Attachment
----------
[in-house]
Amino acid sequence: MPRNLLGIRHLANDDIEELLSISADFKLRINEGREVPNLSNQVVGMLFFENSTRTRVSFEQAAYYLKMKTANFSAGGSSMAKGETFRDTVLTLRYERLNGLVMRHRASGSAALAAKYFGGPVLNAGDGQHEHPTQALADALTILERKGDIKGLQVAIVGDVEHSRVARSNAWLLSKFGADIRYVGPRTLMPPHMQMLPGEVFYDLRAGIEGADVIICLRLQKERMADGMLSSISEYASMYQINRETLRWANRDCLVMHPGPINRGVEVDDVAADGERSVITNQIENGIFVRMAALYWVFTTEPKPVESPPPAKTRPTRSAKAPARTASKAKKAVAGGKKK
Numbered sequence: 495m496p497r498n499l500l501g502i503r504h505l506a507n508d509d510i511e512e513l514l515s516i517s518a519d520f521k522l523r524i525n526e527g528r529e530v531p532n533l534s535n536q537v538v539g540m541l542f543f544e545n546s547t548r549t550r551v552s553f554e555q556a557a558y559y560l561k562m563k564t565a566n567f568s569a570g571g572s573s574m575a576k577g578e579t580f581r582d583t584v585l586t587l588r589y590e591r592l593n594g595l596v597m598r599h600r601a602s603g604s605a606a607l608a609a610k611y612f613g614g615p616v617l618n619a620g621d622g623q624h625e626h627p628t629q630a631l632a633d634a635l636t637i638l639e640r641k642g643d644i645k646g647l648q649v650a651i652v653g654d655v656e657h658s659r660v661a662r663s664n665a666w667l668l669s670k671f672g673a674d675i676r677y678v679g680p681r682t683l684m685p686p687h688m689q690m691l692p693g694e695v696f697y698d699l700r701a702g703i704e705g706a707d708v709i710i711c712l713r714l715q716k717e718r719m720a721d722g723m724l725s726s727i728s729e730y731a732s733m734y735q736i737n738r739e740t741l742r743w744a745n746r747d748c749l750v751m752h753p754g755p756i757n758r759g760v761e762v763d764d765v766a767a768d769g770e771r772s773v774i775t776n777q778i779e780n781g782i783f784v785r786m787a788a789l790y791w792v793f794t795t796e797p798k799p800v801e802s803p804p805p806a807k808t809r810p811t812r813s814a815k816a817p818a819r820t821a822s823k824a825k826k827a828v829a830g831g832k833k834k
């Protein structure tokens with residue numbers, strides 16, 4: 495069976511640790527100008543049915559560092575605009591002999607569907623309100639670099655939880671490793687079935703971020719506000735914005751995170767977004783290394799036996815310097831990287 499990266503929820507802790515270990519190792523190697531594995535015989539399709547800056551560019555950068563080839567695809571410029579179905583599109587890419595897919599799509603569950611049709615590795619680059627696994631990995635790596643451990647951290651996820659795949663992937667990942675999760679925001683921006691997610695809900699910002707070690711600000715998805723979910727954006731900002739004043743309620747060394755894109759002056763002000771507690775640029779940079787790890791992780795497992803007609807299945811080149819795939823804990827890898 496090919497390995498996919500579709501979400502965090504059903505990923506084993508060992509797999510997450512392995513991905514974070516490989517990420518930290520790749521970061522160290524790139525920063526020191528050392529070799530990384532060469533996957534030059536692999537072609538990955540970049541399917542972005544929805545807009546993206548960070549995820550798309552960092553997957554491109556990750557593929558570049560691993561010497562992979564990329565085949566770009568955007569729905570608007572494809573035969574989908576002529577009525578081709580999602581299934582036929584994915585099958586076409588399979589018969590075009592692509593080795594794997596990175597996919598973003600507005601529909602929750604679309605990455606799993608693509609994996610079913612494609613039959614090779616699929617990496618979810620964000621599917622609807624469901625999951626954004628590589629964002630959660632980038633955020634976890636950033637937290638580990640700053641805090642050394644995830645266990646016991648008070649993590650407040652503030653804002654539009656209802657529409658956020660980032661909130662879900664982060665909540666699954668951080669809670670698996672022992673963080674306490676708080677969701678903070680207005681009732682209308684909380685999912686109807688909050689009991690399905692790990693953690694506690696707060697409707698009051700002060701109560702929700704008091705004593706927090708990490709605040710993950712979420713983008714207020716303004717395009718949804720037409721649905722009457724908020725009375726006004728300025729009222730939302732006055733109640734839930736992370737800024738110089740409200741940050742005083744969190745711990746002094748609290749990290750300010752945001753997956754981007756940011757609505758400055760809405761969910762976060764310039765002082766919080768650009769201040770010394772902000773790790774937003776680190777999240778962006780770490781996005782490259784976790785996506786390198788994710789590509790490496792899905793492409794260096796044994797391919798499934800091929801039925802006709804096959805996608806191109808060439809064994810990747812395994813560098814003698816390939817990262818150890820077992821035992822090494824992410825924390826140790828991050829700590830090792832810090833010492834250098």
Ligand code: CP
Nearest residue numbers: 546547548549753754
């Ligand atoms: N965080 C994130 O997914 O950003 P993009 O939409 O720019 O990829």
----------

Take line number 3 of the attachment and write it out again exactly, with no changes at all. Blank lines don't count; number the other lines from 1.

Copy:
Numbered sequence: 495m496p497r498n499l500l501g502i503r504h505l506a507n508d509d510i511e512e513l514l515s516i517s518a519d520f521k522l523r524i525n526e527g528r529e530v531p532n533l534s535n536q537v538v539g540m541l542f543f544e545n546s547t548r549t550r551v552s553f554e555q556a557a558y559y560l561k562m563k564t565a566n567f568s569a570g571g572s573s574m575a576k577g578e579t580f581r582d583t584v585l586t587l588r589y590e591r592l593n594g595l596v597m598r599h600r601a602s603g604s605a606a607l608a609a610k611y612f613g614g615p616v617l618n619a620g621d622g623q624h625e626h627p628t629q630a631l632a633d634a635l636t637i638l639e640r641k642g643d644i645k646g647l648q649v650a651i652v653g654d655v656e657h658s659r660v661a662r663s664n665a666w667l668l669s670k671f672g673a674d675i676r677y678v679g680p681r682t683l684m685p686p687h688m689q690m691l692p693g694e695v696f697y698d699l700r701a702g703i704e705g706a707d708v709i710i711c712l713r714l715q716k717e718r719m720a721d722g723m724l725s726s727i728s729e730y731a732s733m734y735q736i737n738r739e740t741l742r743w744a745n746r747d748c749l750v751m752h753p754g755p756i757n758r759g760v761e762v763d764d765v766a767a768d769g770e771r772s773v774i775t776n777q778i779e780n781g782i783f784v785r786m787a788a789l790y791w792v793f794t795t796e797p798k799p800v801e802s803p804p805p806a807k808t809r810p811t812r813s814a815k816a817p818a819r820t821a822s823k824a825k826k827a828v829a830g831g832k833k834k